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Legislative Assembly for the ACT: 2008 Week 01 Hansard (Wednesday, 10 December 2008) . . Page.. 159 ..

The major reason I stood for the Greens at this election was climate change. Earlier this year I went to a seminar at the ANU. It included some of the scientists that contribute to the Intergovernmental Panel on Climate Change, and what I learnt there was very scary. The world’s temperature has already risen by 0.7 of a degree over the last 100 years. We can see it in Canberra now. I picked my first ripe tomato a couple of weeks ago, just before the end of November. And I do not have a greenhouse; that was out in the open. The rule used to be to plant your tomatoes after Melbourne Cup Day and hope to get a ripe tomato by Christmas. Also it seems to have given up raining in Canberra, which is really great for me as a bike rider but lousy for almost anything else.

Even if no greenhouse gases were emitted from now onwards, which is not very likely, the earth is committed to more than two degrees of warming according to the IPCC. Two degrees of warming will lead to the weather getting more extreme with floods and droughts. This will have many impacts, including immediate loss of human life, property and environmental damage. Many species will no doubt become extinct. Many low-lying countries or parts of countries will be inundated and the world will have millions of climate refugees.

For human beings, possibly the most significant issue is that food will become a lot scarcer because agricultural conditions will be changing so quickly. If we continue business as usual, by the end of the century the earth is expected to be a lot hotter, perhaps seven or eight degrees hotter. If I were a climate scientist, I would spend this time telling you what climate change is going to do to the planet if we do not change direction. The consequences for human beings and other species are so bad that I am sure that everyone who understands them would want to avoid them if at all possible. But I am not a climate scientist, so I will not.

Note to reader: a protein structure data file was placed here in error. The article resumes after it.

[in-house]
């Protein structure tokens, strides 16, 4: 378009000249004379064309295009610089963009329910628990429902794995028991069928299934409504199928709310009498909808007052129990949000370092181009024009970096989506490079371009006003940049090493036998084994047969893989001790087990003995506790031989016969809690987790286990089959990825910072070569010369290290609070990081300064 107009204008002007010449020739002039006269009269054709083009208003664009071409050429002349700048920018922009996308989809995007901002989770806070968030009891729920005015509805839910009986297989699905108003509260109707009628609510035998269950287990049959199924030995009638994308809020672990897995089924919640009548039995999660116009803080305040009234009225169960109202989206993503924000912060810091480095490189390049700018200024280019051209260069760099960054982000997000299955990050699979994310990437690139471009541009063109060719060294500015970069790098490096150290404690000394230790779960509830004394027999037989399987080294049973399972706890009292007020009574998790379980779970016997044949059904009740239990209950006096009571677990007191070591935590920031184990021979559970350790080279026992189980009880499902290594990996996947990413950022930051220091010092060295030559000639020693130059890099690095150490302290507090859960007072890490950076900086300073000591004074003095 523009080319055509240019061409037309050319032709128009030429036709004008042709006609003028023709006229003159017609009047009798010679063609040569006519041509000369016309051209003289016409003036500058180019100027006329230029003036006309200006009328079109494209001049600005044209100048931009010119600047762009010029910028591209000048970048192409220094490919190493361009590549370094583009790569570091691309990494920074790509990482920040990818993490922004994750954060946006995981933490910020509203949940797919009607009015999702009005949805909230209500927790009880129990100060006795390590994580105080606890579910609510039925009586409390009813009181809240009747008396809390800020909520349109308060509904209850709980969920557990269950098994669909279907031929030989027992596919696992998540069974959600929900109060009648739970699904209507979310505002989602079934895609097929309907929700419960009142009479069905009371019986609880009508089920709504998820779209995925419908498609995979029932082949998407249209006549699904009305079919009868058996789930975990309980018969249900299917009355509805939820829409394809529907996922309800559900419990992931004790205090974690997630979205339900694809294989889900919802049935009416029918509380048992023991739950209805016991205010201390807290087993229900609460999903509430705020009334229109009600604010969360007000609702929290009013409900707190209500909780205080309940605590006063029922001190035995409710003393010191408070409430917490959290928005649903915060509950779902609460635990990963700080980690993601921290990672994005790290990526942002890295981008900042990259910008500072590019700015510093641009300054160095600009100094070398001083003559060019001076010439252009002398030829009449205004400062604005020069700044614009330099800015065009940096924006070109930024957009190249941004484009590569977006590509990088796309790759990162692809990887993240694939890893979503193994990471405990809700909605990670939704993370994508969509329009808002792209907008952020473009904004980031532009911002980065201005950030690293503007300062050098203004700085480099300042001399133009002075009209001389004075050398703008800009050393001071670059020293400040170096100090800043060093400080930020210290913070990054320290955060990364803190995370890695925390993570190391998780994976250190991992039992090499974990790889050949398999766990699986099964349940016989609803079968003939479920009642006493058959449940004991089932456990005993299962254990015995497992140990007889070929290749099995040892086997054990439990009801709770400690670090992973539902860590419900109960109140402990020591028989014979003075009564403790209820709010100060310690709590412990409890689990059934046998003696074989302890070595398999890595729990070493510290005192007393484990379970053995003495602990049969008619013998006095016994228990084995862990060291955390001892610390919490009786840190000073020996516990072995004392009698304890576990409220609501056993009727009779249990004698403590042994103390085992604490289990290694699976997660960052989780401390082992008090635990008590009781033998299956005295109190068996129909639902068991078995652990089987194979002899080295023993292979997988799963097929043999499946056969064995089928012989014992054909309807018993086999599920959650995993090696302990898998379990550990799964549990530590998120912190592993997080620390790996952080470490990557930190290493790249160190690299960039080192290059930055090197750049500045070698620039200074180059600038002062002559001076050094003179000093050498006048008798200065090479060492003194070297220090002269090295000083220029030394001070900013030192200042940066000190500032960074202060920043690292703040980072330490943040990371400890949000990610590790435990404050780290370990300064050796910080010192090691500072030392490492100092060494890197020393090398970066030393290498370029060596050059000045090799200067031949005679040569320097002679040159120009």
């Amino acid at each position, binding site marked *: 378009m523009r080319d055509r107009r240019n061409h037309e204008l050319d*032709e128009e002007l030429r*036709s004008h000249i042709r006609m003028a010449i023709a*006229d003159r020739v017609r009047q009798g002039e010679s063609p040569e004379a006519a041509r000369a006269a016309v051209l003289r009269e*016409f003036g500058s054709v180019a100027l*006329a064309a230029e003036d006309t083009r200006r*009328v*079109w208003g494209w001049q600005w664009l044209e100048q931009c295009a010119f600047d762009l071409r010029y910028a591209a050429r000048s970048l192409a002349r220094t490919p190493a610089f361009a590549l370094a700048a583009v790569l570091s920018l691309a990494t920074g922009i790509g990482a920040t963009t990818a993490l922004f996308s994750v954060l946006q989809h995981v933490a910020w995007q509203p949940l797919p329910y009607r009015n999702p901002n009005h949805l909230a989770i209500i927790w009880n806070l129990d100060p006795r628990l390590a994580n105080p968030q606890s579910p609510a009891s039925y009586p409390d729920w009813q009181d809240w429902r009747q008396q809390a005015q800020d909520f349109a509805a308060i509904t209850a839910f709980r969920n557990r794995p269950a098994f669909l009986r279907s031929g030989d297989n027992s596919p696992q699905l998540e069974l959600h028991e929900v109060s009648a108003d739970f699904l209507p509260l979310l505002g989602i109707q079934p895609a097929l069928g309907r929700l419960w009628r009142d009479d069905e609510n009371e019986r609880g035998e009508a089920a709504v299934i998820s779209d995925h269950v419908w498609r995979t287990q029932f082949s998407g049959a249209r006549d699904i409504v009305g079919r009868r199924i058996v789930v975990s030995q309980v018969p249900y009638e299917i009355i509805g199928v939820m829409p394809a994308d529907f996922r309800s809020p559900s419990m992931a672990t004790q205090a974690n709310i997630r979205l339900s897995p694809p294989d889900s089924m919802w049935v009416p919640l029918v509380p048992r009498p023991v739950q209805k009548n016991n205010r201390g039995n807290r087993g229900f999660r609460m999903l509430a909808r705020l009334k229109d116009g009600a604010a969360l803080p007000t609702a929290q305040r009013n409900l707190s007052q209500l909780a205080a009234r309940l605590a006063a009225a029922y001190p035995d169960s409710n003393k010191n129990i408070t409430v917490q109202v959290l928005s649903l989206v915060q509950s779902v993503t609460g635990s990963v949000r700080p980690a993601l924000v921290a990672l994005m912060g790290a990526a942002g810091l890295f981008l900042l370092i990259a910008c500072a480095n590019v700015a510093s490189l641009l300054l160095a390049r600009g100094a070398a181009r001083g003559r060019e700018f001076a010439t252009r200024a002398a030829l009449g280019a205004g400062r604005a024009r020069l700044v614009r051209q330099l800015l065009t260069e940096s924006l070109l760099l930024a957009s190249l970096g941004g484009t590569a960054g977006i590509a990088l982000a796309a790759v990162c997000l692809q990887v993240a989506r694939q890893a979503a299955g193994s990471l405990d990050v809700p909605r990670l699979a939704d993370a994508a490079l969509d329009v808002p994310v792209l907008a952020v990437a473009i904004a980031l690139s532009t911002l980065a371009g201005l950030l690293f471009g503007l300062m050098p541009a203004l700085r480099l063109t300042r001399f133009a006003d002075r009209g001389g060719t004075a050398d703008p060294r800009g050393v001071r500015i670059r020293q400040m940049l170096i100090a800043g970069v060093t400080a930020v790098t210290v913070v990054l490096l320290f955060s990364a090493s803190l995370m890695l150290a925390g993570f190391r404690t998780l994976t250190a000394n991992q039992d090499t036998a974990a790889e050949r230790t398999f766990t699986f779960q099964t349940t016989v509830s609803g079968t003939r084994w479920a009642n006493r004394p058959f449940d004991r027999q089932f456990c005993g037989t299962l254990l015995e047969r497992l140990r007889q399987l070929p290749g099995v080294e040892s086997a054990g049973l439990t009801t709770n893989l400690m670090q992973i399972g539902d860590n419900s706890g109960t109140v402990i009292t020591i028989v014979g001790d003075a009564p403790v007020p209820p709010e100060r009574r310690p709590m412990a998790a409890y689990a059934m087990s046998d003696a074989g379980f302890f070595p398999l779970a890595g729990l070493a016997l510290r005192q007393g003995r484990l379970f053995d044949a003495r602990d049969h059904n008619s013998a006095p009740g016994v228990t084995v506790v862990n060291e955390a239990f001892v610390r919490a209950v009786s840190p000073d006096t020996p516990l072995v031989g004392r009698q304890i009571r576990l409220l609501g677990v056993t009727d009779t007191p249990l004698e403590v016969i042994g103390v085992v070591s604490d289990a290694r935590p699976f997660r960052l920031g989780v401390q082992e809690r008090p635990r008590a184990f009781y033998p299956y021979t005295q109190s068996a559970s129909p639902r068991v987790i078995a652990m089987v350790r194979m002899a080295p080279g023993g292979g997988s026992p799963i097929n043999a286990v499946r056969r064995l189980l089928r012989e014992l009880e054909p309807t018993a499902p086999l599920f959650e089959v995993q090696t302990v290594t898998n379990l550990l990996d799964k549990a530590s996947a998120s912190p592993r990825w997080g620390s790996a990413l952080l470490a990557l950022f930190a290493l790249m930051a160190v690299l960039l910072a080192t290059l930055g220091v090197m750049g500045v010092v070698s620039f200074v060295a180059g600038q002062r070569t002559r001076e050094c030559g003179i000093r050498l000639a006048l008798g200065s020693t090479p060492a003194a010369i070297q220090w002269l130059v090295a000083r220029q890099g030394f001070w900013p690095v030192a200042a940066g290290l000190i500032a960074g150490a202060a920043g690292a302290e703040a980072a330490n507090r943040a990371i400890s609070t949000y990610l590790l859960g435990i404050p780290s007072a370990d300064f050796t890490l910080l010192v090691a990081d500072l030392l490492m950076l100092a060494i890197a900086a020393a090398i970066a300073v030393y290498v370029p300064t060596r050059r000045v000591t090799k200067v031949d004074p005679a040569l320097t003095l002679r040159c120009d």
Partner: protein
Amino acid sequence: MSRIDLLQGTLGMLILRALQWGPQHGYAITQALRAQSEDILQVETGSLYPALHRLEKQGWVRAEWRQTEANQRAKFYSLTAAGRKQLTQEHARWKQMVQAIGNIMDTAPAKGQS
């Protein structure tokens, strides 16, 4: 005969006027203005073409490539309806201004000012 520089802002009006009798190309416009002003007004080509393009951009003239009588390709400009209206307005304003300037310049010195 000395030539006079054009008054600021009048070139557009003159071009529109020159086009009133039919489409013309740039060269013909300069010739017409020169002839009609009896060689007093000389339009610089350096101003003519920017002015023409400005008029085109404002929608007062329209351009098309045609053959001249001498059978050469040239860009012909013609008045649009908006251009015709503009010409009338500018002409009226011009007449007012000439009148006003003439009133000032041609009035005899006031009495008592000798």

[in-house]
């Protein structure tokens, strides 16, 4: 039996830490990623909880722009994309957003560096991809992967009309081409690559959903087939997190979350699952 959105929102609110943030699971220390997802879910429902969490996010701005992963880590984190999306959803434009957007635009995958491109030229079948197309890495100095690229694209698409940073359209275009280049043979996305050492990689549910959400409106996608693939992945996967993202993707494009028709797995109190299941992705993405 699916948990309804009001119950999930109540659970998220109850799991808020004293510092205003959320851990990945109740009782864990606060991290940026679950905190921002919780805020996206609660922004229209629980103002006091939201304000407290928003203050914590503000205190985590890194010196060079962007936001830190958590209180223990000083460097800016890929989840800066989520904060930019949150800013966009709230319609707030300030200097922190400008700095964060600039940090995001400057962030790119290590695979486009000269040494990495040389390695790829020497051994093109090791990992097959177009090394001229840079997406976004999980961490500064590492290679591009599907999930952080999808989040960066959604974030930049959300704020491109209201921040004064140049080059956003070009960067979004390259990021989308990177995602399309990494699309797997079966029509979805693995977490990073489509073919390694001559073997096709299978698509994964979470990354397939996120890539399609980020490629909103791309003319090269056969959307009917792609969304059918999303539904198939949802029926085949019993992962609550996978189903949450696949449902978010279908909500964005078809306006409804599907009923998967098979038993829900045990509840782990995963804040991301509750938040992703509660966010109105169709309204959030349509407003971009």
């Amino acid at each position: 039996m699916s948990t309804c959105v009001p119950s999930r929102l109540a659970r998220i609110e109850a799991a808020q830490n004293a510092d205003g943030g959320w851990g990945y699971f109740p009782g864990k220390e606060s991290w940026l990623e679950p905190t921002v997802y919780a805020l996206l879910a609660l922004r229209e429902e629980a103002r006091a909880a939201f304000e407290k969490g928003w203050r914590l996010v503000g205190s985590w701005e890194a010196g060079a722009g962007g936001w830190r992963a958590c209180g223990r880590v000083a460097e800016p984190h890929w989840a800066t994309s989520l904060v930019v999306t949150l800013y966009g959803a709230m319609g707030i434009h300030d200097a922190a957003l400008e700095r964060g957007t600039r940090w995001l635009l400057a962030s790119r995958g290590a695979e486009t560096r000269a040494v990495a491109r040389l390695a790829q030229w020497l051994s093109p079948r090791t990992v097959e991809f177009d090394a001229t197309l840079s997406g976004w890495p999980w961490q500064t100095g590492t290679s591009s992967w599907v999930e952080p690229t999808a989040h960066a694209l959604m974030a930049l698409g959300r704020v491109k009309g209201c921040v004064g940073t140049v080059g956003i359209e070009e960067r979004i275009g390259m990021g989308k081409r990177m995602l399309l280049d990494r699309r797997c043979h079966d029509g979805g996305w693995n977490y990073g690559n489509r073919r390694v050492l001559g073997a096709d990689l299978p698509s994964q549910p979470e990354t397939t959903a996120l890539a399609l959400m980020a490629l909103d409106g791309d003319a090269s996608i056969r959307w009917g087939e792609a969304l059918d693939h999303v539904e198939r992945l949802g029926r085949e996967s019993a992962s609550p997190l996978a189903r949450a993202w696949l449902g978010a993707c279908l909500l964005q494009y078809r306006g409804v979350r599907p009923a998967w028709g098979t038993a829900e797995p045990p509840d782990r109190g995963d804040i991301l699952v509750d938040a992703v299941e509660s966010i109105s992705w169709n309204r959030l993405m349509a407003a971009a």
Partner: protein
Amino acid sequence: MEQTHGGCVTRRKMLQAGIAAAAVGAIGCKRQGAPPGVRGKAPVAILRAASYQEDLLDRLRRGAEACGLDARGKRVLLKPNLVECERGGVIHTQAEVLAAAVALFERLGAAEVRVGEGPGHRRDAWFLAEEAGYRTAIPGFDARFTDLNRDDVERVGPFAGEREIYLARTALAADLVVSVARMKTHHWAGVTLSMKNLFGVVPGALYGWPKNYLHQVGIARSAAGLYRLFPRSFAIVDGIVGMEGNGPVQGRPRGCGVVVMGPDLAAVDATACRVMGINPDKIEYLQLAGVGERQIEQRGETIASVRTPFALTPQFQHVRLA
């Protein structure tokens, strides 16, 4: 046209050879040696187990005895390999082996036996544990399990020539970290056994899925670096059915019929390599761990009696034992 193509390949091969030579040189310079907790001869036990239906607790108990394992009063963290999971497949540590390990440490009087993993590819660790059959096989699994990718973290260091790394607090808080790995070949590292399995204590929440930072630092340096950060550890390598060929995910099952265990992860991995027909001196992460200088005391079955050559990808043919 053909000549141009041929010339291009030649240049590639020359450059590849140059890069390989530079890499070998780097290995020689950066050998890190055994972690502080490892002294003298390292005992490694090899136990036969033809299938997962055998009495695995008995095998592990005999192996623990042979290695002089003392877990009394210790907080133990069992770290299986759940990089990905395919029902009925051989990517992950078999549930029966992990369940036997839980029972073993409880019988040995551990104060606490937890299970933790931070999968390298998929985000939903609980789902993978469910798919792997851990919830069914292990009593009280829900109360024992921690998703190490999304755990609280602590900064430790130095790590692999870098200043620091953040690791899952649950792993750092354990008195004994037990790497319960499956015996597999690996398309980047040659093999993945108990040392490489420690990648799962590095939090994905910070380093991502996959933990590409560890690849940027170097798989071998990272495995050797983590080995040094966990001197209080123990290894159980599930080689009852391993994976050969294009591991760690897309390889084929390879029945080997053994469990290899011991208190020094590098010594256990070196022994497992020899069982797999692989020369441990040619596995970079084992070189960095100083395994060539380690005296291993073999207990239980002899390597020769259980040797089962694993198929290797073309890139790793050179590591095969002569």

The positive thing is that, while we cannot stop some significant impacts of climate change, it is still possible to avert the worst. We can change our direction, and in some cases it is very easy. The first day I was here at the Assembly I thought there was a boiler room next to the toilet; the opaque glass on the wall was just too hot to touch. I subsequently discovered that in fact the toilet faces west, and the opaque glass is in fact external unshaded western windows. It does not cost much to shade western windows. It costs a lot of money and fossil fuels to air-condition buildings in the summer. This is but one small example of the many places where saving energy would probably be cost effective rather than a financial cost.

Climate change is caused almost entirely by burning fossil fuels for energy, and the wonderful thing is that there is actually no need to burn fossil fuels for energy. Fossil fuels are merely a stored form of solar energy. All Australia’s electricity needs could be met by a 35-square-kilometre area with high levels of sunlight using solar thermal technology. We should also remember that even today with our high fossil fuel use the energy needed to keep our major biological support systems such as a breathable atmosphere and a habitable temperature come from an offsite nuclear reactor, the sun. Using renewable energy rather than fossil fuel energy therefore is a big part of the solution to climate change. We have wind, solar and ocean-based technologies that work. As a simple example, solar hot water systems save their owners money in most parts of Australia, but they are still not the standard choice.

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